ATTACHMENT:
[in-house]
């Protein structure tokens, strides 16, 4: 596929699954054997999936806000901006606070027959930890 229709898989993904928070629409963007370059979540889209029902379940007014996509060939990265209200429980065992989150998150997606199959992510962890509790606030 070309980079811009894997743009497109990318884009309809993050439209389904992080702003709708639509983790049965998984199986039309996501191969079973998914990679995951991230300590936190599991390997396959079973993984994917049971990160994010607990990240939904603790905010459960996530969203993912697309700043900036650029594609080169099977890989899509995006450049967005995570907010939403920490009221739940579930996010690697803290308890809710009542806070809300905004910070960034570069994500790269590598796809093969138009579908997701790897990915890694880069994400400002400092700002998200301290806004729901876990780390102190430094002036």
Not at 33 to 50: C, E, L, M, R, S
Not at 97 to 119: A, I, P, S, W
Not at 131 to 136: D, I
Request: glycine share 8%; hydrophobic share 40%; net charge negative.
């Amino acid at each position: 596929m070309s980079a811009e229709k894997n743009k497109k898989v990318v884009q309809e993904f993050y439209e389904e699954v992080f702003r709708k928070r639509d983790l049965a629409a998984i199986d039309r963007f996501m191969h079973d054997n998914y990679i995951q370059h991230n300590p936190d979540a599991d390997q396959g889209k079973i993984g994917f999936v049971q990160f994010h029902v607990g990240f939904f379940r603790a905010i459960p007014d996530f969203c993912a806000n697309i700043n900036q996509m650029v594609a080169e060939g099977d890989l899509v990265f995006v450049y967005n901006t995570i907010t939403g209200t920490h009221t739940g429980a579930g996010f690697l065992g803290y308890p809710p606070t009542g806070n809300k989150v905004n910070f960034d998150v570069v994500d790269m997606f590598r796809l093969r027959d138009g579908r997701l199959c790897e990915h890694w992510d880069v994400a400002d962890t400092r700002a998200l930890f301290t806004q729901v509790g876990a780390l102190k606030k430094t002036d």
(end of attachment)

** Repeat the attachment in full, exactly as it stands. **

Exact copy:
[in-house]
């Protein structure tokens, strides 16, 4: 596929699954054997999936806000901006606070027959930890 229709898989993904928070629409963007370059979540889209029902379940007014996509060939990265209200429980065992989150998150997606199959992510962890509790606030 070309980079811009894997743009497109990318884009309809993050439209389904992080702003709708639509983790049965998984199986039309996501191969079973998914990679995951991230300590936190599991390997396959079973993984994917049971990160994010607990990240939904603790905010459960996530969203993912697309700043900036650029594609080169099977890989899509995006450049967005995570907010939403920490009221739940579930996010690697803290308890809710009542806070809300905004910070960034570069994500790269590598796809093969138009579908997701790897990915890694880069994400400002400092700002998200301290806004729901876990780390102190430094002036």
Not at 33 to 50: C, E, L, M, R, S
Not at 97 to 119: A, I, P, S, W
Not at 131 to 136: D, I
Request: glycine share 8%; hydrophobic share 40%; net charge negative.
């Amino acid at each position: 596929m070309s980079a811009e229709k894997n743009k497109k898989v990318v884009q309809e993904f993050y439209e389904e699954v992080f702003r709708k928070r639509d983790l049965a629409a998984i199986d039309r963007f996501m191969h079973d054997n998914y990679i995951q370059h991230n300590p936190d979540a599991d390997q396959g889209k079973i993984g994917f999936v049971q990160f994010h029902v607990g990240f939904f379940r603790a905010i459960p007014d996530f969203c993912a806000n697309i700043n900036q996509m650029v594609a080169e060939g099977d890989l899509v990265f995006v450049y967005n901006t995570i907010t939403g209200t920490h009221t739940g429980a579930g996010f690697l065992g803290y308890p809710p606070t009542g806070n809300k989150v905004n910070f960034d998150v570069v994500d790269m997606f590598r796809l093969r027959d138009g579908r997701l199959c790897e990915h890694w992510d880069v994400a400002d962890t400092r700002a998200l930890f301290t806004q729901v509790g876990a780390l102190k606030k430094t002036d």